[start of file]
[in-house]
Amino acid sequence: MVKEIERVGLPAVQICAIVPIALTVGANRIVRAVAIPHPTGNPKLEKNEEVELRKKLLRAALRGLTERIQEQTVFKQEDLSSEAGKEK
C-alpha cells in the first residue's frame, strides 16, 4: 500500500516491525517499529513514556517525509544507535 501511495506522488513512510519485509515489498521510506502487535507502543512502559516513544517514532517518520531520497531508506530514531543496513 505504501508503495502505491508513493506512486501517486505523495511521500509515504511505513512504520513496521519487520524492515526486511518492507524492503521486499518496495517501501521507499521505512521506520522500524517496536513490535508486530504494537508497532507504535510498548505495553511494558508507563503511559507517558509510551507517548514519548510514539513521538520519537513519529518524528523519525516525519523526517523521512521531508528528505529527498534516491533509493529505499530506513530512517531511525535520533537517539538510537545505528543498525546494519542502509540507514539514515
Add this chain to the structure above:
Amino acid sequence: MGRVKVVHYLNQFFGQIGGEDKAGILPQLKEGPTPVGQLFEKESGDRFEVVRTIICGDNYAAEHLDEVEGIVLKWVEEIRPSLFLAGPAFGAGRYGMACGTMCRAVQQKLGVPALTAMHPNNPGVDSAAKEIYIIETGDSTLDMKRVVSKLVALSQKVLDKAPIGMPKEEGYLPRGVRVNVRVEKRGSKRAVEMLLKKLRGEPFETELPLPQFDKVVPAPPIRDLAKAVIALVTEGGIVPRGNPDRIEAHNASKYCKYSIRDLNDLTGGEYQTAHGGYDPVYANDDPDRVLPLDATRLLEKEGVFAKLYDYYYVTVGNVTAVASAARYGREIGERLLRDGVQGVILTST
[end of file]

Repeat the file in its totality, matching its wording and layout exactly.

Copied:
[in-house]
Amino acid sequence: MVKEIERVGLPAVQICAIVPIALTVGANRIVRAVAIPHPTGNPKLEKNEEVELRKKLLRAALRGLTERIQEQTVFKQEDLSSEAGKEK
C-alpha cells in the first residue's frame, strides 16, 4: 500500500516491525517499529513514556517525509544507535 501511495506522488513512510519485509515489498521510506502487535507502543512502559516513544517514532517518520531520497531508506530514531543496513 505504501508503495502505491508513493506512486501517486505523495511521500509515504511505513512504520513496521519487520524492515526486511518492507524492503521486499518496495517501501521507499521505512521506520522500524517496536513490535508486530504494537508497532507504535510498548505495553511494558508507563503511559507517558509510551507517548514519548510514539513521538520519537513519529518524528523519525516525519523526517523521512521531508528528505529527498534516491533509493529505499530506513530512517531511525535520533537517539538510537545505528543498525546494519542502509540507514539514515
Add this chain to the structure above:
Amino acid sequence: MGRVKVVHYLNQFFGQIGGEDKAGILPQLKEGPTPVGQLFEKESGDRFEVVRTIICGDNYAAEHLDEVEGIVLKWVEEIRPSLFLAGPAFGAGRYGMACGTMCRAVQQKLGVPALTAMHPNNPGVDSAAKEIYIIETGDSTLDMKRVVSKLVALSQKVLDKAPIGMPKEEGYLPRGVRVNVRVEKRGSKRAVEMLLKKLRGEPFETELPLPQFDKVVPAPPIRDLAKAVIALVTEGGIVPRGNPDRIEAHNASKYCKYSIRDLNDLTGGEYQTAHGGYDPVYANDDPDRVLPLDATRLLEKEGVFAKLYDYYYVTVGNVTAVASAARYGREIGERLLRDGVQGVILTST